Everyone needs the fun and laughter of life

It was Ruth who was there years ago when a tiny girl needed surgery to lengthen the shortened tendons in her thumbs.
The hospital was a very scary place for a four-year-old–especially when aides came rushing in too late, slid her quickly onto the cart, and hurried her down the halls and elevators of the massive city hospital to a place far away from the safety of her parents.
But then the miracle happened. There waiting for her in the operating room was her friend, Ruth, the young nurse assigned to the surgery. In a single moment, the fear vanished and confidence returned.
The little girl knew she’d be all right if Ruth was there. And that’s exactly what she told the anesthetist when he politely asked, “Is it all right if we put you to sleep now?”
“Well, I guess so!” she said authoritatively. “If Ruth stays here.”
Ruth stayed. And it was she and her friends who flooded the little girl’s room with fun and laughter during recuperation in the hospital.
Over the next four years, it was Ruth who often took the little girl to the symphony and ballet. Or shopping. And it was Ruth who took the whole family on a long-remembered boat trip down the river as a farewell before they moved to a place 2,000 miles away.
But all that was a long time ago. And except for very brief passings since, it wasn’t until last week that Ruth and her husband, Jake, once again came into our lives.
Ever the adventurer, Ruth brought tales of luxury cruises in the Caribbean and scary bus rides over the mountains of South America. Of a vacation on the coast of Mexico and of Jake driving their huge motor home over the Top-of-the-World highway in Alaska.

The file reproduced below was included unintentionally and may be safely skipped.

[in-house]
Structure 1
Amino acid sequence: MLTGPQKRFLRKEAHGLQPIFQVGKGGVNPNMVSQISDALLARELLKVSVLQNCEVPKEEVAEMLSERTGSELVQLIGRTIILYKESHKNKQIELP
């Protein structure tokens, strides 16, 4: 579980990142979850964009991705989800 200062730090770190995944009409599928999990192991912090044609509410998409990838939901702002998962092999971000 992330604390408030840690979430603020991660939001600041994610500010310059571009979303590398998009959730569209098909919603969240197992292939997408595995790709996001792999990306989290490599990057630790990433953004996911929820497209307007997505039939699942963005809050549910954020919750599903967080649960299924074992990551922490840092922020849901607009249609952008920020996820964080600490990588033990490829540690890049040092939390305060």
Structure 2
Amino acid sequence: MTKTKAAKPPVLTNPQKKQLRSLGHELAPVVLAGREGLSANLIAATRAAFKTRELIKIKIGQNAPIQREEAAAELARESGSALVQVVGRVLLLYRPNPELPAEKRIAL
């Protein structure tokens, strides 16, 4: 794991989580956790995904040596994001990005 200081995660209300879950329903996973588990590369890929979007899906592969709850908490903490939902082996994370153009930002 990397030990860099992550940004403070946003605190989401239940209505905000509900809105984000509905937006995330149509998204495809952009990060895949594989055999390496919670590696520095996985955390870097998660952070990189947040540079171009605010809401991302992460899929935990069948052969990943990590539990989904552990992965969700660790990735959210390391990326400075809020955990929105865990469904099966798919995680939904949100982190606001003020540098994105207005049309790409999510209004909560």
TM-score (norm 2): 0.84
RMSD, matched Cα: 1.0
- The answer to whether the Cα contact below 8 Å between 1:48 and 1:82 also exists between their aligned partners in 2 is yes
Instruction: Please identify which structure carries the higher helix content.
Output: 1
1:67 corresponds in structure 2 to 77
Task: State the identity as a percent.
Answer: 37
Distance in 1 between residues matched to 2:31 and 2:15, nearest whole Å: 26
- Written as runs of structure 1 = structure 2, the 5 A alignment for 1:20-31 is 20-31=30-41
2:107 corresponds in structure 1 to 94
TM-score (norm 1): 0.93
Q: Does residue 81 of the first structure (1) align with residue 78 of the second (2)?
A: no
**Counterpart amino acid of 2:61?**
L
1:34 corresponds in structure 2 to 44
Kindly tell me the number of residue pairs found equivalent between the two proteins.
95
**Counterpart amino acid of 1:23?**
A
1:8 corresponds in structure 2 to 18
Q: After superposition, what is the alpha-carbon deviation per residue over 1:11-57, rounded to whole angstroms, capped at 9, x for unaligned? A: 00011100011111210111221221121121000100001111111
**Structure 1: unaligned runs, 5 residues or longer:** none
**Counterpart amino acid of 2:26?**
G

We talked of losses and grief over the decades and our common love of dogs. We remembered her brother, Les, who died at a young age of diabetes complications. She brought us up to date on her 90-something parents.
We heard of mutual friends who have faced great crises in their lives, and lamented the change in the communities we once shared.
We never really criedbut we laughed a lot. Out loud. And then in one poignant moment, Ruth said, “We’ve had some wake-up calls. I guess that’s why we enjoy life so much.”
And that’s the way it always is in life. Until you face the enormity of life’s grief and pain head-on, you can never really understand how critical it is to seek the healing of laughter.
Ruth and Jake have made that choice–for fun and laughter. And for three healing days, we shared it. We told stories, both new and old. We ate meals at home and at restaurants, and bought fresh flowers for the hearth.
We watched funny movies. We drove around the countryside and took long walks. And then came home and told more stories. And laughed until we almost cried.
Maybe if there were no grief in life, laughter might not be so important. But the poignant truth is that pain is universal, and each of us must make a choice–either to give in to the grief or to find for ourselves and those around us the healing power of fun and laughter.
So what about you? Which choice will you make today?

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